Custer County Chronicle

Home   »  Our Community

Bookmark and Share

Email This Article  

Pine beetle battle to be expedited

Carol Walker
Published: Thursday, December 27th, 2012

After more than a year of extensive public and partner involvement, Black Hill National Forest (BHNF) Supervisor Craig Bobzien announced the Final Environmental Impact Statement (EIS) and his Record of Decision for the BHNF Mountain Pine Beetle Response Project last week.

 

After more than a year of extensive public and partner involvement, Black Hills National Forest (BHNF) Supervisor Craig Bobzien announced the Final Environmental Impact Statement (EIS) and his Record of Decision for the BHNF Mountain Pine Beetle Response Project on Monday, Dec. 17. This decision will involve treatment on portions of approximately 248,000 acres of high-risk forest that officials believe will likely be affected by the mountain pine beetle. Bobzien said comments he received on the EIS were valuable to him in considering options for his decision.
Bobzien highlighted five areas the BHNF will focus on over the next five to seven years. First, treatment of the high risk areas will include cutting and chunking and chipping bug infested trees in order to slow down the spread of the epidemic. Secondly, within the 248,000 acres, approximately 122,000 acres of forest are slated for commercial and non-commercial timber harvesting. In addition, road construction will be reduced to 50 miles and focused on priority areas and urban interface.  
Additional work in Spearfish Canyon is also in the plan to maintain scenic beauty, improve the watershed and take into consideration the habitat of the American dipper and Cooper’s Mountain snail. 

After more than a year of extensive public and partner involvement, Black Hills National Forest (BHNF) Supervisor Craig Bobzien announced the Final Environmental Impact Statement (EIS) and his Record of Decision for the BHNF Mountain Pine Beetle Response Project on Monday, Dec. 17. This decision will involve treatment on portions of approximately 248,000 acres of high-risk forest that officials believe will likely be affected by the mountain pine beetle. Bobzien said comments he received on the EIS were valuable to him in considering options for his decision.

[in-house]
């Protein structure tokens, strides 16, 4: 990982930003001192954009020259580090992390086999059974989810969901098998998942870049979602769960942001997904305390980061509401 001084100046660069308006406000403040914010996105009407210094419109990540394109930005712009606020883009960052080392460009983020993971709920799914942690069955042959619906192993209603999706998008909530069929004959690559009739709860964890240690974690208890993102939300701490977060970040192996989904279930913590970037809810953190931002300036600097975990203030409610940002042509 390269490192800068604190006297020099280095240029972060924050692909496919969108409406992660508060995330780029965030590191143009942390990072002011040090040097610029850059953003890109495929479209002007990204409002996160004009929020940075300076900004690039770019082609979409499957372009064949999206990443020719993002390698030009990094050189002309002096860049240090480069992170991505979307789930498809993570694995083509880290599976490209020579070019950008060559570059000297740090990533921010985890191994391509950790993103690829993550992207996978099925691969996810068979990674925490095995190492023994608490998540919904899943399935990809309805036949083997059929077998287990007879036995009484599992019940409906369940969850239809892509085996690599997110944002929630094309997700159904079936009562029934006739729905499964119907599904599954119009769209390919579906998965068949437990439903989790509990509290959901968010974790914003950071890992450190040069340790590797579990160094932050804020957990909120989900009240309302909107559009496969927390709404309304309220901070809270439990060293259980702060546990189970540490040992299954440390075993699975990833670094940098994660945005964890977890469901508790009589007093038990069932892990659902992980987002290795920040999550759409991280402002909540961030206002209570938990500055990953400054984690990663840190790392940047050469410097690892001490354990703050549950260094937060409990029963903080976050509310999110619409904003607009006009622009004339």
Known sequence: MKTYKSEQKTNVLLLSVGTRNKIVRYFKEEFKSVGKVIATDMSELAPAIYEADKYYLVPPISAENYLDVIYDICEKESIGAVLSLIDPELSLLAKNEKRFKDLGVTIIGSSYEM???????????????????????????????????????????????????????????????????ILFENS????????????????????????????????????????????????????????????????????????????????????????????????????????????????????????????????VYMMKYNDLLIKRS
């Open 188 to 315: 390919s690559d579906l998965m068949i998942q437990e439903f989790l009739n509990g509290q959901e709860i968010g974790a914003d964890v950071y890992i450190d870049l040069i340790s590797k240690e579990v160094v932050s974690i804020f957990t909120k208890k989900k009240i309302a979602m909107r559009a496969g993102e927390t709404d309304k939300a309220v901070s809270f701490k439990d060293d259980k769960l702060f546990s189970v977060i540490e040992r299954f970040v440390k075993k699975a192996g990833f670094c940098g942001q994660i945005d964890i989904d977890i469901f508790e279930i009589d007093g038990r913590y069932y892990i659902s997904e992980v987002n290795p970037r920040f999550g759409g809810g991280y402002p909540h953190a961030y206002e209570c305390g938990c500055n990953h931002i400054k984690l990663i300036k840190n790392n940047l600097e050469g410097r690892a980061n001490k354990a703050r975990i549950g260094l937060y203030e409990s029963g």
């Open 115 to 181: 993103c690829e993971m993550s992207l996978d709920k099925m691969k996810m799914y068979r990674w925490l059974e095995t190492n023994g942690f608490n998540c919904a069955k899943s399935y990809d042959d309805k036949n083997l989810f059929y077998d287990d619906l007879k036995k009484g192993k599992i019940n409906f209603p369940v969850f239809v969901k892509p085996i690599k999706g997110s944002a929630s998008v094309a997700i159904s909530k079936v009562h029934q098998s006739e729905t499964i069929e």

Bobzien highlighted five areas the BHNF will focus on over the next five to seven years. First, treatment of the high risk areas will include cutting and chunking and chipping bug infested trees in order to slow down the spread of the epidemic. Secondly, within the 248,000 acres, approximately 122,000 acres of forest are slated for commercial and non-commercial timber harvesting. In addition, road construction will be reduced to 50 miles and focused on priority areas and urban interface.  

Additional work in Spearfish Canyon is also in the plan to maintain scenic beauty, improve the watershed and take into consideration the habitat of the American dipper and Cooper’s Mountain snail. 

Available only in the print version of the Custer County Chronicle. To subscribe, call 605-673-2217.

 



Click Here To See More Stories Like This

Current Comments

0 comments so far (post your own)

Leave your comment:

Name:

Email:

Website:

Comments:


Enter the text as it is shown below:



Please enter text
This extra step helps prevent automated abuse of this feature. Please enter the characters exactly as you see them.
 

Note: Emails will not be visible or used in any way. Please keep comments relevant. Any content deemed inappropriate or offensive may be deleted.

Advanced Search

Keywords:


Filter Search:
Classified Ads
News Articles
Event Calendar
Archive

Date Range:
From:
To: